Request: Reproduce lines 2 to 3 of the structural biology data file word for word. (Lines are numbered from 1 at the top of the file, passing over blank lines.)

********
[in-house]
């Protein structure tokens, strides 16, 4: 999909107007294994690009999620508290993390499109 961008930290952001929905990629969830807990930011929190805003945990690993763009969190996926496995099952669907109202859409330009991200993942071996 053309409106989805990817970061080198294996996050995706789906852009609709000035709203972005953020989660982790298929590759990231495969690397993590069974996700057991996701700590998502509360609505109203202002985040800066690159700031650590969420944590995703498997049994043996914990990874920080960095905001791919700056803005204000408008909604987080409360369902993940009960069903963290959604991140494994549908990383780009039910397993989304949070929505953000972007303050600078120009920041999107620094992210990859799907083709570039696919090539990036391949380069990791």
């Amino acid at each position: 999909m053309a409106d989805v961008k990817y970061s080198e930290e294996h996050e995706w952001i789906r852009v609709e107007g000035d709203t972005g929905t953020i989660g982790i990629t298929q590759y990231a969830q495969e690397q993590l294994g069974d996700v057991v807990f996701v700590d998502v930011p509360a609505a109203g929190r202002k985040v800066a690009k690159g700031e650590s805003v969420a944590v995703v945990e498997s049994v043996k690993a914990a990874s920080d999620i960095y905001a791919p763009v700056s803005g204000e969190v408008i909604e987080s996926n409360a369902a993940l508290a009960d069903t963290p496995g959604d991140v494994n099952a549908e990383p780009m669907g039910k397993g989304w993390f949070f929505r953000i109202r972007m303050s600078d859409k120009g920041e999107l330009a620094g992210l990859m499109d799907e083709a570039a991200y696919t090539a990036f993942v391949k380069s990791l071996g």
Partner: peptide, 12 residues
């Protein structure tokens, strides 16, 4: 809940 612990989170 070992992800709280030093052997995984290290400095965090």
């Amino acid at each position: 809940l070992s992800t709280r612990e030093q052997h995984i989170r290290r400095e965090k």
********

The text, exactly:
């Protein structure tokens, strides 16, 4: 999909107007294994690009999620508290993390499109 961008930290952001929905990629969830807990930011929190805003945990690993763009969190996926496995099952669907109202859409330009991200993942071996 053309409106989805990817970061080198294996996050995706789906852009609709000035709203972005953020989660982790298929590759990231495969690397993590069974996700057991996701700590998502509360609505109203202002985040800066690159700031650590969420944590995703498997049994043996914990990874920080960095905001791919700056803005204000408008909604987080409360369902993940009960069903963290959604991140494994549908990383780009039910397993989304949070929505953000972007303050600078120009920041999107620094992210990859799907083709570039696919090539990036391949380069990791």
């Amino acid at each position: 999909m053309a409106d989805v961008k990817y970061s080198e930290e294996h996050e995706w952001i789906r852009v609709e107007g000035d709203t972005g929905t953020i989660g982790i990629t298929q590759y990231a969830q495969e690397q993590l294994g069974d996700v057991v807990f996701v700590d998502v930011p509360a609505a109203g929190r202002k985040v800066a690009k690159g700031e650590s805003v969420a944590v995703v945990e498997s049994v043996k690993a914990a990874s920080d999620i960095y905001a791919p763009v700056s803005g204000e969190v408008i909604e987080s996926n409360a369902a993940l508290a009960d069903t963290p496995g959604d991140v494994n099952a549908e990383p780009m669907g039910k397993g989304w993390f949070f929505r953000i109202r972007m303050s600078d859409k120009g920041e999107l330009a620094g992210l990859m499109d799907e083709a570039a991200y696919t090539a990036f993942v391949k380069s990791l071996g």